Head coach Dave Tippett of the Dallas Stars instructs his team during a game against the Columbus Blue Jackets on February 16, 2009 at Nationwide Arena in Columbus, Ohio. (Photo by Jamie Sabau/NHLI via Getty Images)
Marc Crawford is already a better coach than Dave Tippett.
That fact has nothing to do with Crawford’s knowledge of where X’s and O’s are best slotted on a whiteboard and everything to do with what form the Dallas Stars will take this year relative to last.
On the eve of the 2008-09 campaign, Tippet’s team looked like a contender – at least to this scribe, who tabbed them as pre-season Cup favorites. Hey, they were coming off a conference final showing in last year’s playoffs and Brenden Morrow looked as good wearing a ‘C’ as anybody in the league.
Then Sean Avery shook the organization to its core, Marty Turco turned into a shadow of himself for a prolonged stretch and an armadillo-sized injury bug ravaged Texas.
Morrow, puck-moving defenseman Sergei Zubov and top-six forward Brad Richards all missed huge chunks of the season. Beyond reaching for the Tylenol, what could Tippett really do?
The Stars went into an early-season tailspin they never fully recovered from, missing the playoffs for the first time since 2002.
Despite a clear aligning of the cosmos against him, I’m sure when Tippett decides to speak about his dismissal, there won’t be a trace of excuse-making.
First of all, he understands the nature of the beast. Tippett was hired about a month after Dallas last failed to crack the post-season. And while this was the only year in which he failed to lead his team into the playoffs in six seasons at the helm, slack isn’t something that comes with the coaching territory.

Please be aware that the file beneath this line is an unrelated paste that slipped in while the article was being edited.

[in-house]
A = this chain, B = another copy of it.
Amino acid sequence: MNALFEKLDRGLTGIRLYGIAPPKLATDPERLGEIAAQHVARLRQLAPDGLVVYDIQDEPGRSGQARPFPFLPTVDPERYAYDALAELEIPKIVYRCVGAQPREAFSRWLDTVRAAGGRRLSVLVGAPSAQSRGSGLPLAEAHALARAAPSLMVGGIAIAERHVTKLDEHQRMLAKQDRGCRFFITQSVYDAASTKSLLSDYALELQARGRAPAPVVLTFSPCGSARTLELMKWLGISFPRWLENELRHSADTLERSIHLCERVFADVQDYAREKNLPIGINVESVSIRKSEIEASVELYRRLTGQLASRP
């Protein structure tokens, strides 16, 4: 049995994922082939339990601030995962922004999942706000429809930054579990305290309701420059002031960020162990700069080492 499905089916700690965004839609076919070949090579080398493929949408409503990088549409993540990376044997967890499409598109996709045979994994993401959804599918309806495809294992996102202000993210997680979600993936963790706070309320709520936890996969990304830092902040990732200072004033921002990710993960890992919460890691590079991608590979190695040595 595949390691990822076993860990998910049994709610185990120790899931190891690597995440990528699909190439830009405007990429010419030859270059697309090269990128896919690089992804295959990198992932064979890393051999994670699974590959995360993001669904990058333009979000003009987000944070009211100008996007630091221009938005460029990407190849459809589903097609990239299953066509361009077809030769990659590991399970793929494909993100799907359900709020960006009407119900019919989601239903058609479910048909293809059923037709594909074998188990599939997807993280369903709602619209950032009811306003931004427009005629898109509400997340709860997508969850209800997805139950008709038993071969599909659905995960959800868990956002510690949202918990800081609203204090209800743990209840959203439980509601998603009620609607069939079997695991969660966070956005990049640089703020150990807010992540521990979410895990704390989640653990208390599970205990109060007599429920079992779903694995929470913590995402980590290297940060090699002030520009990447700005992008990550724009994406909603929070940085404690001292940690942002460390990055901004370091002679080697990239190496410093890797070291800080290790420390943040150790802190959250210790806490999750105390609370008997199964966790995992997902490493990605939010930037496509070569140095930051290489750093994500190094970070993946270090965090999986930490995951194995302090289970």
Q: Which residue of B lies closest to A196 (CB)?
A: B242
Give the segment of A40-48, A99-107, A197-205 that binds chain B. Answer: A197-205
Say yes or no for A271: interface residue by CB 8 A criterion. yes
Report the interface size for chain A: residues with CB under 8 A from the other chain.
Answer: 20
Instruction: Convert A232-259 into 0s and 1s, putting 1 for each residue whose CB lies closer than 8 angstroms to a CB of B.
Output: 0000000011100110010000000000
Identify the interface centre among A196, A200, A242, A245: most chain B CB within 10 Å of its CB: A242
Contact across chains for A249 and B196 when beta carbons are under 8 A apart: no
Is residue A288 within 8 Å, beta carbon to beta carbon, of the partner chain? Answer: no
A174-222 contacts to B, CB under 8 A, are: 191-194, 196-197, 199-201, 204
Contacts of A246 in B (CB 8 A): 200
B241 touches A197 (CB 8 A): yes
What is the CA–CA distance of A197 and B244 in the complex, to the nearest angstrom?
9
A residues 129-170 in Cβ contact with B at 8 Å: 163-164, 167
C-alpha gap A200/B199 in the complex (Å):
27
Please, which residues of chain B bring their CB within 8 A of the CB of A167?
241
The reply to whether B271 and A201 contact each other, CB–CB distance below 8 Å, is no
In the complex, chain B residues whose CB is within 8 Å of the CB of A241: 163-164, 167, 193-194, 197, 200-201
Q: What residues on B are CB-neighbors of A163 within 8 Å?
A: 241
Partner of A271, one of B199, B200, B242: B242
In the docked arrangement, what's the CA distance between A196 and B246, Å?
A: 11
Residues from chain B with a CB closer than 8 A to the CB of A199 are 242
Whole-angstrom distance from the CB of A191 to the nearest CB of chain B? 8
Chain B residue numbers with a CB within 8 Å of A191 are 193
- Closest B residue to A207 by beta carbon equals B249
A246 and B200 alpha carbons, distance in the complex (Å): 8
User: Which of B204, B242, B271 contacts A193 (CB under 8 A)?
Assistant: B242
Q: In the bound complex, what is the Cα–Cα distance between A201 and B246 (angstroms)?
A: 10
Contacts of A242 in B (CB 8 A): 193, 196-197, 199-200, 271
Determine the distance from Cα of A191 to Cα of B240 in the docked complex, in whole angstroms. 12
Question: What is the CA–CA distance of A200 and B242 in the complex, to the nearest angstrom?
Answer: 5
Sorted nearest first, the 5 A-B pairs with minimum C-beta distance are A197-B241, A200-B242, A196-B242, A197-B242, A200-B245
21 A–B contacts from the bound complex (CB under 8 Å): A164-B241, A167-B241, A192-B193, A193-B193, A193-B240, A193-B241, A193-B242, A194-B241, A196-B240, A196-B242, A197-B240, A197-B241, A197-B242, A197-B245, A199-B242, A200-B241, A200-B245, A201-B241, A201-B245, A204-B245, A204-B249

New Dallas GM Joe Nieuwendyk wanted a fresh face and he chose Crawford’s. In some ways, Tippett is probably thankful Nieuwendyk acted so fast; that way he doesn’t have to endure a season of questions about whether he feels added pressure as a coach working for a GM who never had the chance to bring in ‘his own man.’
And, after a well-deserved trip to the beach, Tippett has the rest of the summer to send out a strong resume to places like Minnesota, New Jersey and Calgary, rather than wonder whether he’d make it through the first rough patch of next season.
With some better puck luck at his next stop, Tippett will be right back in the top tier of his finicky fraternity sooner rather than later.
Ryan Dixon is a writer and copy editor for The Hockey News magazine, the co-author of the book Hockey's Young Guns and a regular contributor to THN.com. His blog appears Thursdays and his column, Top Shelf, appears Wednesdays.
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